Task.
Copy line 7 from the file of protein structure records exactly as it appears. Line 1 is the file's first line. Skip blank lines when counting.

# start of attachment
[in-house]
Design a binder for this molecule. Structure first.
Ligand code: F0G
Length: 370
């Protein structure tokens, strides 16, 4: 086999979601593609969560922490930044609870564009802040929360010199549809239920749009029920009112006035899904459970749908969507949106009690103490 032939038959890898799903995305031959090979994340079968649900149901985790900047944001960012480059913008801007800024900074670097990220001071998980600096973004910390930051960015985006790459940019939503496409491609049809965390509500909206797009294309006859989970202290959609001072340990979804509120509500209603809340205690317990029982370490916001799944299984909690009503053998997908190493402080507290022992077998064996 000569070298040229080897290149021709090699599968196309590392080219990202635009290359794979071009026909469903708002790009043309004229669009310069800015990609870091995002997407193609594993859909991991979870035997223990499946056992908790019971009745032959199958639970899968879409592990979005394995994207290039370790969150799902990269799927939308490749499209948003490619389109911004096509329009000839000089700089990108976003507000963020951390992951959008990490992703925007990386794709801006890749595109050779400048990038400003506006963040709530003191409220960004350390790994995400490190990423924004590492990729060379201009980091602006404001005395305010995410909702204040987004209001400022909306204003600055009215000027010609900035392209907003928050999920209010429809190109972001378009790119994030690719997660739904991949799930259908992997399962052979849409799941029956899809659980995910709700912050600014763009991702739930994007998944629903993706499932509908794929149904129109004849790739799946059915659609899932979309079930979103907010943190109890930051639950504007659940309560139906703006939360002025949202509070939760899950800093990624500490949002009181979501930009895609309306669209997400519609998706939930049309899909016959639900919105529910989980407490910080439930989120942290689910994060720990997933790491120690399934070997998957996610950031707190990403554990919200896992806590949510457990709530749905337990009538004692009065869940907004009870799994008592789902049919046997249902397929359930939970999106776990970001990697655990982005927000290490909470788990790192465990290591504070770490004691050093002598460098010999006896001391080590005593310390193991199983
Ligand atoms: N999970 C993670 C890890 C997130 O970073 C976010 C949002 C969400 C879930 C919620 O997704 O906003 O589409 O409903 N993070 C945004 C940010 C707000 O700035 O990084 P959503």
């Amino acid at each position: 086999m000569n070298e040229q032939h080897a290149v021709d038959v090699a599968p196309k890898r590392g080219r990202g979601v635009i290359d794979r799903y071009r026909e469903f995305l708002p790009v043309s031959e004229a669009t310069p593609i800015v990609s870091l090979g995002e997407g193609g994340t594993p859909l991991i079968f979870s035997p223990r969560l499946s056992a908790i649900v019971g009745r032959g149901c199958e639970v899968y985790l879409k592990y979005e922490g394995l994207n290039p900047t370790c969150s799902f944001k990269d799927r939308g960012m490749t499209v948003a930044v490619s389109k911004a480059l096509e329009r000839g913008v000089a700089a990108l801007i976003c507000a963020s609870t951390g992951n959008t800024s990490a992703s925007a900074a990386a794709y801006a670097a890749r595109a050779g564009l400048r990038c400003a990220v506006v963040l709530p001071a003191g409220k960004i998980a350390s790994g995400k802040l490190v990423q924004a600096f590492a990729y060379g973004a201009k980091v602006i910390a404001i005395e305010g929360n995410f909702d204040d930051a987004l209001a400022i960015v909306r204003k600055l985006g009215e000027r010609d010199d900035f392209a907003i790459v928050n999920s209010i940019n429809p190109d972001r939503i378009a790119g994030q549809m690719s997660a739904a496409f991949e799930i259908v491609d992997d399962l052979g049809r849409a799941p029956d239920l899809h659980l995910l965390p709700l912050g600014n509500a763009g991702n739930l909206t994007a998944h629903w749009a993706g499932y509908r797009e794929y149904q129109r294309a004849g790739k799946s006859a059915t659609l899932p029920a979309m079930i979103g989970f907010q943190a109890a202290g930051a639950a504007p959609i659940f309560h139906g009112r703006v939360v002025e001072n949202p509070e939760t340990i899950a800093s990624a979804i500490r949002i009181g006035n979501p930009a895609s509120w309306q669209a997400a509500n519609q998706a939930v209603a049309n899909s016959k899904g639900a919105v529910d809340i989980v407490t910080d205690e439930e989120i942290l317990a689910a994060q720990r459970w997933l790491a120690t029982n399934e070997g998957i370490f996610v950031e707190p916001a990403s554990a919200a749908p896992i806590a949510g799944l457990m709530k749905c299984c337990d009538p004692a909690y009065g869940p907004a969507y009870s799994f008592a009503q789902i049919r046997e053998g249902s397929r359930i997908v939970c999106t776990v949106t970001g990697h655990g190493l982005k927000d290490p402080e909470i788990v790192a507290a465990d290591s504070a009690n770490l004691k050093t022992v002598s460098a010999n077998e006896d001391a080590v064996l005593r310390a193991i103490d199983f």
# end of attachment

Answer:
């Amino acid at each position: 086999m000569n070298e040229q032939h080897a290149v021709d038959v090699a599968p196309k890898r590392g080219r990202g979601v635009i290359d794979r799903y071009r026909e469903f995305l708002p790009v043309s031959e004229a669009t310069p593609i800015v990609s870091l090979g995002e997407g193609g994340t594993p859909l991991i079968f979870s035997p223990r969560l499946s056992a908790i649900v019971g009745r032959g149901c199958e639970v899968y985790l879409k592990y979005e922490g394995l994207n290039p900047t370790c969150s799902f944001k990269d799927r939308g960012m490749t499209v948003a930044v490619s389109k911004a480059l096509e329009r000839g913008v000089a700089a990108l801007i976003c507000a963020s609870t951390g992951n959008t800024s990490a992703s925007a900074a990386a794709y801006a670097a890749r595109a050779g564009l400048r990038c400003a990220v506006v963040l709530p001071a003191g409220k960004i998980a350390s790994g995400k802040l490190v990423q924004a600096f590492a990729y060379g973004a201009k980091v602006i910390a404001i005395e305010g929360n995410f909702d204040d930051a987004l209001a400022i960015v909306r204003k600055l985006g009215e000027r010609d010199d900035f392209a907003i790459v928050n999920s209010i940019n429809p190109d972001r939503i378009a790119g994030q549809m690719s997660a739904a496409f991949e799930i259908v491609d992997d399962l052979g049809r849409a799941p029956d239920l899809h659980l995910l965390p709700l912050g600014n509500a763009g991702n739930l909206t994007a998944h629903w749009a993706g499932y509908r797009e794929y149904q129109r294309a004849g790739k799946s006859a059915t659609l899932p029920a979309m079930i979103g989970f907010q943190a109890a202290g930051a639950a504007p959609i659940f309560h139906g009112r703006v939360v002025e001072n949202p509070e939760t340990i899950a800093s990624a979804i500490r949002i009181g006035n979501p930009a895609s509120w309306q669209a997400a509500n519609q998706a939930v209603a049309n899909s016959k899904g639900a919105v529910d809340i989980v407490t910080d205690e439930e989120i942290l317990a689910a994060q720990r459970w997933l790491a120690t029982n399934e070997g998957i370490f996610v950031e707190p916001a990403s554990a919200a749908p896992i806590a949510g799944l457990m709530k749905c299984c337990d009538p004692a909690y009065g869940p907004a969507y009870s799994f008592a009503q789902i049919r046997e053998g249902s397929r359930i997908v939970c999106t776990v949106t970001g990697h655990g190493l982005k927000d290490p402080e909470i788990v790192a507290a465990d290591s504070a009690n770490l004691k050093t022992v002598s460098a010999n077998e006896d001391a080590v064996l005593r310390a193991i103490d199983f």